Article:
HTML for better emails – hot tips

src: 04/08/2008 smart Focus

HTML for better emails – hot tips

Different web browsers render HTML (HyperText Markup Language) and CSS (Cascading Style Sheets) differently. What is often overlooked is that email client software such as Microsoft Outlook and Mozilla Thunderbird, and webmail such as Hotmail, Gmail and others, also render content differently. And just to complete the picture, sometimes web and mail software from the same supplier will render things differently.

So here’s how to ensure that your mail looks smart and professional no matter what software lies in wait…

  1. Keep it simple. Use well-written content and perhaps one attractive image. Don’t throw in javascript, animations, Flash, forms and the kitchen sink. These are best saved for a microsite page linked from the email.
  2. Use CSS cautiously if at all and only if you’re super-confident that the email client used by your readers will support them. Support for CSS varies wildly: linking to external CSS files is largely unsupported in any software; embedded CSS won’t work in Google’s Gmail; inline CSS is limited in Microsoft Outlook 2007.
  3. Be image-conscious. Almost all mail software will handle pictures without too many problems, but remember that putting all of your content into one beautifully-designed, large image will likely get your email flagged as spam. It is also wise to avoid tricksy pictures like animated gifs.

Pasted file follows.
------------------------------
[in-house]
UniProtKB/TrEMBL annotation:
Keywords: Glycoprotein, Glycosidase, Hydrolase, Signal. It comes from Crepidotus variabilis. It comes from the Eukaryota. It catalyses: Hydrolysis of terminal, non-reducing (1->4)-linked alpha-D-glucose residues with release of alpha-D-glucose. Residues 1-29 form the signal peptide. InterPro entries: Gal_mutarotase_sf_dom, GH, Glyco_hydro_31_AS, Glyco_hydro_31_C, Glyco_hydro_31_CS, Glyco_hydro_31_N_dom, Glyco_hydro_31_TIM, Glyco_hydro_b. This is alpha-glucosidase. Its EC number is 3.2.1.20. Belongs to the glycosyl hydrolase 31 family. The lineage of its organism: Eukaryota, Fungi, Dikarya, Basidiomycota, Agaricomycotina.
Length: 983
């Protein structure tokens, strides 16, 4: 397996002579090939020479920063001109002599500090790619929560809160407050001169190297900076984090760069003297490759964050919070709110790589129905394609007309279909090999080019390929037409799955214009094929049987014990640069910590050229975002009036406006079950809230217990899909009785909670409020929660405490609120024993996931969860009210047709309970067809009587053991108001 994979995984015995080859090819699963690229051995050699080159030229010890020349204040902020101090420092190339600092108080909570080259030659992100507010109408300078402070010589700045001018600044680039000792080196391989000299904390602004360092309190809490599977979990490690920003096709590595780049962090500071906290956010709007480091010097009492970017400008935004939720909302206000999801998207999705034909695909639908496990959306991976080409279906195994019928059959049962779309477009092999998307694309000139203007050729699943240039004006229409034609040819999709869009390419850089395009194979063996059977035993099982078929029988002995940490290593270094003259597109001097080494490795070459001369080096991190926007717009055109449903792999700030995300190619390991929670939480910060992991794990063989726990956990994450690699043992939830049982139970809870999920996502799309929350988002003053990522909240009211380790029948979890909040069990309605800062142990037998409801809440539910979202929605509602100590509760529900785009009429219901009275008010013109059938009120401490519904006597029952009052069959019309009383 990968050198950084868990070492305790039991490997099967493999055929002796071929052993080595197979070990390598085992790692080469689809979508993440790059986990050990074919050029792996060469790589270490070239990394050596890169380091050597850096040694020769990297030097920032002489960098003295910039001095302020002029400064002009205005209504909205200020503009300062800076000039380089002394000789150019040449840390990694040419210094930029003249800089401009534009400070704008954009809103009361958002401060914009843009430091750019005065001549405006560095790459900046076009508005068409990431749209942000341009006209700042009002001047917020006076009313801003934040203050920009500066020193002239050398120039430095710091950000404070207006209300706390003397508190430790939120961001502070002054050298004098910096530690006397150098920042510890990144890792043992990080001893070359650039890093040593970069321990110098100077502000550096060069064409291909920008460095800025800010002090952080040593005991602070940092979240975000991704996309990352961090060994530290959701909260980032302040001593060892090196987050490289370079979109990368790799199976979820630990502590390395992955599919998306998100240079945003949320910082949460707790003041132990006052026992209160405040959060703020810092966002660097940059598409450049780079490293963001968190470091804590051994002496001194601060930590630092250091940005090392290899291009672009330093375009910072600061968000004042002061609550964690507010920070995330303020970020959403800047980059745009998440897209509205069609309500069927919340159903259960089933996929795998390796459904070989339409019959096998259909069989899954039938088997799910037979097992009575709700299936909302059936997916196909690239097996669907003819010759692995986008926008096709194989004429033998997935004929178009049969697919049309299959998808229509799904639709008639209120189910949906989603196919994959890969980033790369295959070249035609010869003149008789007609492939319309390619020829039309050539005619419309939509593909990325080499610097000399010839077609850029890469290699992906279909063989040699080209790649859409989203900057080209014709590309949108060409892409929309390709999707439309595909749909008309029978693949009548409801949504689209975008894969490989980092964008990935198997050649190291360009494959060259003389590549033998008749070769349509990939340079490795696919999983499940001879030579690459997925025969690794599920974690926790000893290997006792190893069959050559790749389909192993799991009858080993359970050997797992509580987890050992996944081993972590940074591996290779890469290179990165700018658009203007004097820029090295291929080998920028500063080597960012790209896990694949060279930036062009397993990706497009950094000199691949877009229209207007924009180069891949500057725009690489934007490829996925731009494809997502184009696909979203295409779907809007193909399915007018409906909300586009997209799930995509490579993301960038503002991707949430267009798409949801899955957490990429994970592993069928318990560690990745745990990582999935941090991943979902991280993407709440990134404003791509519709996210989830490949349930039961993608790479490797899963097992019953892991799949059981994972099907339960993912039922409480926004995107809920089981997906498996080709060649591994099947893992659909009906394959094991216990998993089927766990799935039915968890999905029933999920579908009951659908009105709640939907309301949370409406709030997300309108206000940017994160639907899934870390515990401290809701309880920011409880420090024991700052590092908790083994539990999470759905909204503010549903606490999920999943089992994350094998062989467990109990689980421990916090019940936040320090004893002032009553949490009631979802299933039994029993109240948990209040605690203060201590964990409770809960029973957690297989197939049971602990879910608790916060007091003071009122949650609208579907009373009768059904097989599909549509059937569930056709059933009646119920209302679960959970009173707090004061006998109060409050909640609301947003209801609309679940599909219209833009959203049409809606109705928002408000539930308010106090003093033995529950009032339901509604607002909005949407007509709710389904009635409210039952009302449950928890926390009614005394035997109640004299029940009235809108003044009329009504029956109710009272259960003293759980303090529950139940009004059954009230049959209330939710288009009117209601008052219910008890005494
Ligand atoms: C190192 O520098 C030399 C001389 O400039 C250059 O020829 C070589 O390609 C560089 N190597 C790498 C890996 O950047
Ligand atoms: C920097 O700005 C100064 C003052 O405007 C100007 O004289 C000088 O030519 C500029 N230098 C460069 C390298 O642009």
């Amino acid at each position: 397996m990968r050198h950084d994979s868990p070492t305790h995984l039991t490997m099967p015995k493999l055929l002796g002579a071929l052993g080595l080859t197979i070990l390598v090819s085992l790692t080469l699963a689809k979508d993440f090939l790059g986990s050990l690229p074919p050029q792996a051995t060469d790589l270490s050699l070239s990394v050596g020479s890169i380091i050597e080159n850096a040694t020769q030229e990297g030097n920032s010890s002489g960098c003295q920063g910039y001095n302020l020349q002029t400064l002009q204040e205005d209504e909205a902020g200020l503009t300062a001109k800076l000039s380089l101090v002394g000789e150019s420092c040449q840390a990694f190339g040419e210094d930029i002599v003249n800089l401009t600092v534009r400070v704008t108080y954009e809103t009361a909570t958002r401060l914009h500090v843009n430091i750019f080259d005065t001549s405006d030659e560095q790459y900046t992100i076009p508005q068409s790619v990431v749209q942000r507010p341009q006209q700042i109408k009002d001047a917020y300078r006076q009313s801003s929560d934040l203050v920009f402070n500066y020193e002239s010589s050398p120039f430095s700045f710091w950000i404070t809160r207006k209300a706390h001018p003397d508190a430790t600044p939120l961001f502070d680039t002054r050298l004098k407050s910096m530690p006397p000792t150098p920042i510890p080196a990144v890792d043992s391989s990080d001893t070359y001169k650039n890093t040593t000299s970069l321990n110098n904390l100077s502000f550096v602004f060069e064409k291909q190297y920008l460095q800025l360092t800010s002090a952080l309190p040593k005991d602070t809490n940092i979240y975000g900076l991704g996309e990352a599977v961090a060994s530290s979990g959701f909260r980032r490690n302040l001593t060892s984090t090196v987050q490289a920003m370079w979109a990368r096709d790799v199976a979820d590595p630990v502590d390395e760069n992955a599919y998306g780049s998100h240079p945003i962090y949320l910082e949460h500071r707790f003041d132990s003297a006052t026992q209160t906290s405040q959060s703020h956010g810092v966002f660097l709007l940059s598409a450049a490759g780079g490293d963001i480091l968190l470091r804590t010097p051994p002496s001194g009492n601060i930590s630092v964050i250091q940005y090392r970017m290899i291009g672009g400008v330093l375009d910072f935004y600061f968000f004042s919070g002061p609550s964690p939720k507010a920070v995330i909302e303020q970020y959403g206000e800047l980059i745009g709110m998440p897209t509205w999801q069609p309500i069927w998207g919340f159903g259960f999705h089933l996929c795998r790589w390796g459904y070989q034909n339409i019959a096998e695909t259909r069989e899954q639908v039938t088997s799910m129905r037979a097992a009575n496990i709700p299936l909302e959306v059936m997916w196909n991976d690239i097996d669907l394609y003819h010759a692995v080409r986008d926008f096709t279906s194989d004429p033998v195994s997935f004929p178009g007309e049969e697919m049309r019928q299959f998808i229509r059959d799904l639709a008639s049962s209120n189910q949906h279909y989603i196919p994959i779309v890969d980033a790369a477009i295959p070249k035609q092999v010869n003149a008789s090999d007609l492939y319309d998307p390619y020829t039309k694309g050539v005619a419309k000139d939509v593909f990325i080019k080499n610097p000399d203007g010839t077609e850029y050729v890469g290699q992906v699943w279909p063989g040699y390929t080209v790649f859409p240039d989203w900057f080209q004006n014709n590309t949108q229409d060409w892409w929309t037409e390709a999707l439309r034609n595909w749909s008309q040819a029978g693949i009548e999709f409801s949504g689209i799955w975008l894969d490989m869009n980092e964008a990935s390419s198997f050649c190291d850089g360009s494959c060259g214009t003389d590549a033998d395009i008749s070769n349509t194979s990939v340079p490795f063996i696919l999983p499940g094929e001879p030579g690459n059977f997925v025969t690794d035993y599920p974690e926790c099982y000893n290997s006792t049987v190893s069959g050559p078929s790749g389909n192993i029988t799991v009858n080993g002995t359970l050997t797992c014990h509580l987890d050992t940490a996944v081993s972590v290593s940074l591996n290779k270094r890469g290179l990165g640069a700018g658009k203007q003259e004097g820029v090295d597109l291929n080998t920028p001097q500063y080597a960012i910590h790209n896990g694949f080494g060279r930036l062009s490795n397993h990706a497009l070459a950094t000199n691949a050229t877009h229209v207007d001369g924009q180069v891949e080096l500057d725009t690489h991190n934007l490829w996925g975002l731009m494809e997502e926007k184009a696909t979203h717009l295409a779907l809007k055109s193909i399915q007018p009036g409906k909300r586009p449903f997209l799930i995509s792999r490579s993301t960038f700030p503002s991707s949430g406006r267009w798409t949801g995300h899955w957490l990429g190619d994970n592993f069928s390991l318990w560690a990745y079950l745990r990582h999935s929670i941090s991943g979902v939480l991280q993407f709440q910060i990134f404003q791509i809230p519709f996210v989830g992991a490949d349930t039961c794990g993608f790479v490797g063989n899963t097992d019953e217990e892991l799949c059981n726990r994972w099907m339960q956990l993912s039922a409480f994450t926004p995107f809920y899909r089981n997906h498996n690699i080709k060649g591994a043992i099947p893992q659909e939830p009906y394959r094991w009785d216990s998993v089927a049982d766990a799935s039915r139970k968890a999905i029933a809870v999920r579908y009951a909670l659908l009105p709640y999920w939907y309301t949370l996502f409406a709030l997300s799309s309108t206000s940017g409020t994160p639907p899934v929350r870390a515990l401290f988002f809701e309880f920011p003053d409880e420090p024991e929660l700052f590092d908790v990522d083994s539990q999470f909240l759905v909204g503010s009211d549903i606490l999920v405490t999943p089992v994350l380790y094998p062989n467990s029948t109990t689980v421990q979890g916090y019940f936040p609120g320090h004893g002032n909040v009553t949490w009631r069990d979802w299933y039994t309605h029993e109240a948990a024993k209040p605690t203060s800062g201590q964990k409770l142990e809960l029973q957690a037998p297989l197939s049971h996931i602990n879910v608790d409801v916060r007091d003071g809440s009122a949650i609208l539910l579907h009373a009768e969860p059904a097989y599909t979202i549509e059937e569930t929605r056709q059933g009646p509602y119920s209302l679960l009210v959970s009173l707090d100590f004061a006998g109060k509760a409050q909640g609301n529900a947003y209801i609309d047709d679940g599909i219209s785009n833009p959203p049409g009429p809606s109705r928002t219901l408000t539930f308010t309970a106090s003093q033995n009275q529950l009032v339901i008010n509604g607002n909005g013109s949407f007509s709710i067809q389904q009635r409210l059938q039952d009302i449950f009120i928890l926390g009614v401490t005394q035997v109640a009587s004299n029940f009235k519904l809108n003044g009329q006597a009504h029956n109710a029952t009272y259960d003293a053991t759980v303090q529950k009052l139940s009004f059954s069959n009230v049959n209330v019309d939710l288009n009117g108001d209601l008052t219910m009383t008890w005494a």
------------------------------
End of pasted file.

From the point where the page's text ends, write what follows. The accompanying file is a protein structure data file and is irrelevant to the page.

4. Be aware that your readers may not see images automatically if they have their client software set to block images by default (Windows Live Mail automatically blocks images unless you have been safelisted). So make sure your mail looks good without the image, and that all images have alt_text tags defined.
  5. Although a lot of ‘best practice’ for the web cannot be applied to email because of the lack of support for CSS, you should still take care to ensure that code is properly nested and tags correctly closed.
  6. Always use a ‘show in browser’ link at the top of your email. Provide safelisting instructions in your emails; safelisting not only helps your email to render correctly but ensures that your readers receive it in the first place.
  7. Test, test, test. Since the majority of mail clients are free, and the paid-for software is downright cheap in the context of your overall marketing budgets, you have no excuse for failing here. You must test-mail to every client you believe your readers might be using.
  8. Remember, too, that readers may switch between email clients. Those one the move may use webmail clients rather than desktop software; a business audience will include a number of Blackberry users; an increasing number may be reading email on iPhones.

2 thoughts on “HTML for better emails – hot tips

  1. Check out the Emogrifier, a free open source PHP utility that will merge your HTML and CSS files into a gmail friendly email. You can try it out instantly using the web-based version of the utility as


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